To evaluate how system performance will be affected by manufacturing tolerances, and help you to find the best balance between cost and performance, OSLO includes state of the art tolerancing tools:
Surface Tolerances describe the quality of each surface:
Component Tolerances describe the positioning of surfaces relative to one another:
Group Tolerances allow you to set up subsystems or elements of your overall design:
Allows you to specify an error function to characterize system performance. This method provides the greatest flexibility for tolerancing, but has the slowest performance. Since this method is based on an error function, you can select which terms to display, so that only relevant data is shown.
Change table tolerancing
This tool tells you how specific performance aspects of your system (see list below) will be affected by tolerances. It has the advantage of not requiring an error function to be defined.
This method uses the Hopkins-Tiziani algorithm, which allows you to tolerance a system based on an MTF or RMS wavefront evaluation. Although defining an error function and using User-defined tolerancing can also achieve this, MTF/Wavefront tolerancing may be as much as 100 times faster.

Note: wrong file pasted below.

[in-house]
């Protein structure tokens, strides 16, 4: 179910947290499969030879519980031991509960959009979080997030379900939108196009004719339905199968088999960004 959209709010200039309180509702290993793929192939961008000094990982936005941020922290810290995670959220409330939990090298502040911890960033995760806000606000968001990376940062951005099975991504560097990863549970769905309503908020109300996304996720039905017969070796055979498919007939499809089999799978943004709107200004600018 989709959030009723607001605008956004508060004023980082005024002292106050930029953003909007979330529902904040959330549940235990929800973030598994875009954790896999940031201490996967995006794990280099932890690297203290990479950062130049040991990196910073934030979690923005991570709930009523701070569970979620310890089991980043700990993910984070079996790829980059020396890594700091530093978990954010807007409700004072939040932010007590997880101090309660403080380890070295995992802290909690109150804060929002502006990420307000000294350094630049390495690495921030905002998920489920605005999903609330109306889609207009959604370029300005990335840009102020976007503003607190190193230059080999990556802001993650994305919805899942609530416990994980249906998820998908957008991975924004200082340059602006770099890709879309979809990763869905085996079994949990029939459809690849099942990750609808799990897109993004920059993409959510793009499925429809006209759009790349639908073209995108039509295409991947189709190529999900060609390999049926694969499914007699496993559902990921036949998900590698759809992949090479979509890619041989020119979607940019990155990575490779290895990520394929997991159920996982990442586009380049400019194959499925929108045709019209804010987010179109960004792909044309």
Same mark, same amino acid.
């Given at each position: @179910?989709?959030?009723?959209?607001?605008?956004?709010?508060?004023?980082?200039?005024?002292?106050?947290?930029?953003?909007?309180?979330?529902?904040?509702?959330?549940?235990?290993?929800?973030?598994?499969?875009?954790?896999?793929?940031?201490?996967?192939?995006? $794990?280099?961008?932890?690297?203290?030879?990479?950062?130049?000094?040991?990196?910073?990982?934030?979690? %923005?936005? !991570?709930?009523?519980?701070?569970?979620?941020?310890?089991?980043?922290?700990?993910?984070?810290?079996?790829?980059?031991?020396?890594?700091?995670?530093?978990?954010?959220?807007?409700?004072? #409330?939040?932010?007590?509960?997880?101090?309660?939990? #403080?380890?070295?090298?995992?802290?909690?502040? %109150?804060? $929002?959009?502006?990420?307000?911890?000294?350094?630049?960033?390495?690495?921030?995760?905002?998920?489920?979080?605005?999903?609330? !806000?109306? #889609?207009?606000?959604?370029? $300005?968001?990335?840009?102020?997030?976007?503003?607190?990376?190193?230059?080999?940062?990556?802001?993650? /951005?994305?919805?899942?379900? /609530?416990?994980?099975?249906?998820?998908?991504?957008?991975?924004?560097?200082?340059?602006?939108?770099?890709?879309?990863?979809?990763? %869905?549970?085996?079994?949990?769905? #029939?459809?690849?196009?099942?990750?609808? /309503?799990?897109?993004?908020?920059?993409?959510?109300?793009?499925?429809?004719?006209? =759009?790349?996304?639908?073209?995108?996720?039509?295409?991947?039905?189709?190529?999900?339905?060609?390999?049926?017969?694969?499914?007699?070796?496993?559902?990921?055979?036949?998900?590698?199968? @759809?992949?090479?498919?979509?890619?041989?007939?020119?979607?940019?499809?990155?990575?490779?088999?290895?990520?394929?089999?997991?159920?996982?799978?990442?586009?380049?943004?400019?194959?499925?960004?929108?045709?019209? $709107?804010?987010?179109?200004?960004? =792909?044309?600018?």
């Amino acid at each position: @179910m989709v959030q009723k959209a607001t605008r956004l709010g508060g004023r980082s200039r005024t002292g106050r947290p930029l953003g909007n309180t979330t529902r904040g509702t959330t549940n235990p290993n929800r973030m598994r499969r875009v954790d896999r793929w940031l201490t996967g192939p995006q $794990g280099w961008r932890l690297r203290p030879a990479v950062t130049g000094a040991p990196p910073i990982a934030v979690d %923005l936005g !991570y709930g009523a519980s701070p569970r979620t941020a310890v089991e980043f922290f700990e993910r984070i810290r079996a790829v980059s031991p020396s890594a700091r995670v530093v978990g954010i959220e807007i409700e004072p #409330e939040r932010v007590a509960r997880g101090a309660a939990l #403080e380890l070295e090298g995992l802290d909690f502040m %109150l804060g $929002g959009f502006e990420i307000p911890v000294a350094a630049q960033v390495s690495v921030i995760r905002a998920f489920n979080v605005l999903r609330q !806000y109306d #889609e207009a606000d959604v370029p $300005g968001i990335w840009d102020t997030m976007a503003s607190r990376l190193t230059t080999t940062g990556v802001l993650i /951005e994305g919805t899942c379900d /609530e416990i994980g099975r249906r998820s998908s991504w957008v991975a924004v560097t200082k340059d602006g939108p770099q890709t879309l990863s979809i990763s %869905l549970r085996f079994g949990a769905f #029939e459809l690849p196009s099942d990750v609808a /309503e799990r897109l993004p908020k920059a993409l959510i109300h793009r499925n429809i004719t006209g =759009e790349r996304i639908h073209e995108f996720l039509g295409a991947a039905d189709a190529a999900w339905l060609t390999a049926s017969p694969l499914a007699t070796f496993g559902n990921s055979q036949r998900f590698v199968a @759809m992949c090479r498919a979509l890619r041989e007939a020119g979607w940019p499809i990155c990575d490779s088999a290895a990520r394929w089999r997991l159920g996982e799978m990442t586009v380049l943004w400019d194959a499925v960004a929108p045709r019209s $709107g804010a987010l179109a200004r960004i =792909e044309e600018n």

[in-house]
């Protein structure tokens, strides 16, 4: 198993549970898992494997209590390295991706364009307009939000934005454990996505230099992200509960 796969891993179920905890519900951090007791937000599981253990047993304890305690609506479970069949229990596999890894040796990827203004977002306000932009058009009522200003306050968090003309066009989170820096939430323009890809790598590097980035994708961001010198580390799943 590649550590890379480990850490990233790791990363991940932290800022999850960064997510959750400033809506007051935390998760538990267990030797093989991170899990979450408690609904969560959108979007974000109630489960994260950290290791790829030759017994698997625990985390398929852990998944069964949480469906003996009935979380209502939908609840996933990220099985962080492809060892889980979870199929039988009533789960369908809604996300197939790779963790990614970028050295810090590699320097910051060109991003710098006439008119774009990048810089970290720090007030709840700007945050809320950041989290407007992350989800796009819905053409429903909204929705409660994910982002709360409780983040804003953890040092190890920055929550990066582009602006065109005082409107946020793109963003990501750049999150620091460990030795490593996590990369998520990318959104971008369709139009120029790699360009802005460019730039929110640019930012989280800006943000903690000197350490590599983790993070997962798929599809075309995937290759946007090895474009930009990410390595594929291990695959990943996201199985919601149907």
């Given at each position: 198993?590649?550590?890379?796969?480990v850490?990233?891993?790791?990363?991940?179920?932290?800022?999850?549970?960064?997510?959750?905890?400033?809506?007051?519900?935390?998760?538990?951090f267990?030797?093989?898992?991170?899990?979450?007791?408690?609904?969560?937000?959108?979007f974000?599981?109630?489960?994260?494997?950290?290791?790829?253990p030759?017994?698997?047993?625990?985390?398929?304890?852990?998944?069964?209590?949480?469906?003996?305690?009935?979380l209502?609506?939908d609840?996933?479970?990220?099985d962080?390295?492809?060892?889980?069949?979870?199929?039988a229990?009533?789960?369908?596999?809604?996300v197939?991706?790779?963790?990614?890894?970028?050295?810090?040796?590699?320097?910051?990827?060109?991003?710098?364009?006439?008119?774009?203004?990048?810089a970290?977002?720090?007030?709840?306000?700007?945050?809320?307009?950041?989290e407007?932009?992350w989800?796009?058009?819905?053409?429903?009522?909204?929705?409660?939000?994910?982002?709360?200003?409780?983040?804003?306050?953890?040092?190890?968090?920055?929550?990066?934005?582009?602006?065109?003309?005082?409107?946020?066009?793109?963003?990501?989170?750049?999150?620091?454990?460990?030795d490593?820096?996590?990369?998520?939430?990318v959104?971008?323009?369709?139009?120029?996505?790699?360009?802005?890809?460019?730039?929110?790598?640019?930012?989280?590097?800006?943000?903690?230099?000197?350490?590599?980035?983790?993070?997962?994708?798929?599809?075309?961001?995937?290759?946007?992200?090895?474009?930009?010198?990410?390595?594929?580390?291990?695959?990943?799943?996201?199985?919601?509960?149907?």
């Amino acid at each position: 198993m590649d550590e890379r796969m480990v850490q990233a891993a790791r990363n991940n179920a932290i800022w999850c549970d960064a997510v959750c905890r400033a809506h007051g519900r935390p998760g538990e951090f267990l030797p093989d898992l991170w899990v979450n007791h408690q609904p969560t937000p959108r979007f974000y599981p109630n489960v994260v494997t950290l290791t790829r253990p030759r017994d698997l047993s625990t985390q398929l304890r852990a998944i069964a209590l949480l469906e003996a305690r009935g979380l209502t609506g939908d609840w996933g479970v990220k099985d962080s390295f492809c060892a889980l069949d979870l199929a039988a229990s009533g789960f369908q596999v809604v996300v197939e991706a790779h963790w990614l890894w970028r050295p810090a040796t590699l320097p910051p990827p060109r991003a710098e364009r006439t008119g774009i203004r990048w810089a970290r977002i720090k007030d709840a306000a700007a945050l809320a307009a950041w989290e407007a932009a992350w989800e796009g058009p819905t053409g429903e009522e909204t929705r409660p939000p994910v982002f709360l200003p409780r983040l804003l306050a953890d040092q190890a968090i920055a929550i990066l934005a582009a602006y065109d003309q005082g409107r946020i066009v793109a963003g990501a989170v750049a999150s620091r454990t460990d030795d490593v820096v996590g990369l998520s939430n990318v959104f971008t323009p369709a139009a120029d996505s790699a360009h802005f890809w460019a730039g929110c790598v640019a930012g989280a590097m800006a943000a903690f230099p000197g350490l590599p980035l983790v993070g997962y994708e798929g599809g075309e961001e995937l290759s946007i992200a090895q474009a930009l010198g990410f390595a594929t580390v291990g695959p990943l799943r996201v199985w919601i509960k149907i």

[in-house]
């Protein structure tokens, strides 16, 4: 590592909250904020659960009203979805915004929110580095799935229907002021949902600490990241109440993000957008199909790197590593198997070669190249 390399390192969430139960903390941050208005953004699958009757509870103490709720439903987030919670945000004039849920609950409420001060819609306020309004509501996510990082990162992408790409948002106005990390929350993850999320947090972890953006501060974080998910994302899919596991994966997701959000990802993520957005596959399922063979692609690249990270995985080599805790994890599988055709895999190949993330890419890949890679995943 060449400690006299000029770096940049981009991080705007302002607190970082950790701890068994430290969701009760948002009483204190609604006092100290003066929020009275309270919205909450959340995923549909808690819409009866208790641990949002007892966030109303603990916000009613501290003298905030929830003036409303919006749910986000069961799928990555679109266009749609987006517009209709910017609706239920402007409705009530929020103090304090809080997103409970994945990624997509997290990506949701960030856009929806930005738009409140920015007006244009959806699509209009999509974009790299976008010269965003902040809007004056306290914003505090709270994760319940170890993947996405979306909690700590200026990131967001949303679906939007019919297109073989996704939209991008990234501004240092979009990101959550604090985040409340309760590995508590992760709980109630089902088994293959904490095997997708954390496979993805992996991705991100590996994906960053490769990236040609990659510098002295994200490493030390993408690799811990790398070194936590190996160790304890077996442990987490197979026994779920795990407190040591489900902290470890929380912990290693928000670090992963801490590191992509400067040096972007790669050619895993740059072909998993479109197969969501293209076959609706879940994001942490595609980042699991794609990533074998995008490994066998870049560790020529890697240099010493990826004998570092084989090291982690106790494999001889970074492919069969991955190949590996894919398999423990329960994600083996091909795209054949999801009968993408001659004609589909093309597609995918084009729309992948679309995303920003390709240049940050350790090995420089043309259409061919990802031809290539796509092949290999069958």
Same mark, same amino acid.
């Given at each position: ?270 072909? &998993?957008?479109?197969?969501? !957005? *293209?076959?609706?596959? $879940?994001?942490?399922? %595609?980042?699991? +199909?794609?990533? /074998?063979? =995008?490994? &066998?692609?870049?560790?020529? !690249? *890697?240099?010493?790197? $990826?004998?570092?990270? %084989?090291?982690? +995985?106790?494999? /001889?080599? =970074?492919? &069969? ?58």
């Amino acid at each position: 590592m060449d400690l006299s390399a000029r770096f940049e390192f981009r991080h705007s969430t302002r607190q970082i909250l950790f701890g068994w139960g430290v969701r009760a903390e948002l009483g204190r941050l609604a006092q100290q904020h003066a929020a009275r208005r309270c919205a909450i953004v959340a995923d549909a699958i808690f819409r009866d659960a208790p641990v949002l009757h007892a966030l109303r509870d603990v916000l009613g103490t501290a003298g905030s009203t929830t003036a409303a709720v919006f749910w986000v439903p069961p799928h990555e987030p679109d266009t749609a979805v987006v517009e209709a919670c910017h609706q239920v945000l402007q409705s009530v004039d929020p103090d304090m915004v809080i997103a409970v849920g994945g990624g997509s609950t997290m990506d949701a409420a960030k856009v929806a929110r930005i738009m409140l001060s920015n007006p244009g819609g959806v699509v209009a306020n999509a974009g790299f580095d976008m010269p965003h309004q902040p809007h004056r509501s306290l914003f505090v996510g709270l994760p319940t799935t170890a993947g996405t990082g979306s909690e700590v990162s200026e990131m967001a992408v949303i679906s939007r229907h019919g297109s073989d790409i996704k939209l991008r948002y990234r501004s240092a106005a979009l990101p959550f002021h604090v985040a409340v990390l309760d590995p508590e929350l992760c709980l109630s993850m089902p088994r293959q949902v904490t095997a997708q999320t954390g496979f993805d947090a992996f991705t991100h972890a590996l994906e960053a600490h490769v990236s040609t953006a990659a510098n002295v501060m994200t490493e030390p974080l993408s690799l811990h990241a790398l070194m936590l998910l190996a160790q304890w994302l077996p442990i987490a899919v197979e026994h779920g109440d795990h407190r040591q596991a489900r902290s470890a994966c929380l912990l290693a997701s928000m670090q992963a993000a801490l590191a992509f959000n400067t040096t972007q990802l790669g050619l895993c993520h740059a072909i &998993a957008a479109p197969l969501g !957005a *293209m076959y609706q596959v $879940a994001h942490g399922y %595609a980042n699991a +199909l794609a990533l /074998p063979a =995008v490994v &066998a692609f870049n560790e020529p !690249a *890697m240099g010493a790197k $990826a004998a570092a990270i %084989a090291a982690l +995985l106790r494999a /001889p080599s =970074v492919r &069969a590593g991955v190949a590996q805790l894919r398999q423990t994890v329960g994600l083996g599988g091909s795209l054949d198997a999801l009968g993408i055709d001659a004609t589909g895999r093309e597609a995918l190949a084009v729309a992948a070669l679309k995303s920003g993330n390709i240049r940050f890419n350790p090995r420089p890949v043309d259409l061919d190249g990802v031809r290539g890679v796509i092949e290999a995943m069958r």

Monte Carlo Tolerancing
It is the closest thing to real world simulation. A number of systems are statistically generated and evaluated, giving you an accurate idea of what your rate of success is going to be.
OSLO includes features that simplify the interpretation of tolerance data:
A grade table (A, B, C, D), establishes ranges for which a tolerance is considered Very Tight (A), Tight (B), Standard (C), or Loose (D).
A display threshold can be used to suppress unimportant output.
Sorting routines allow you to find out at a glance which tolerances are critical.
OSLO allows you to chose from different tolerancing methods. Each method can be used for either analysis ("sensitivity") or design ("inverse sensitivity"), with the exception of Monte-Carlo (sensitivity only):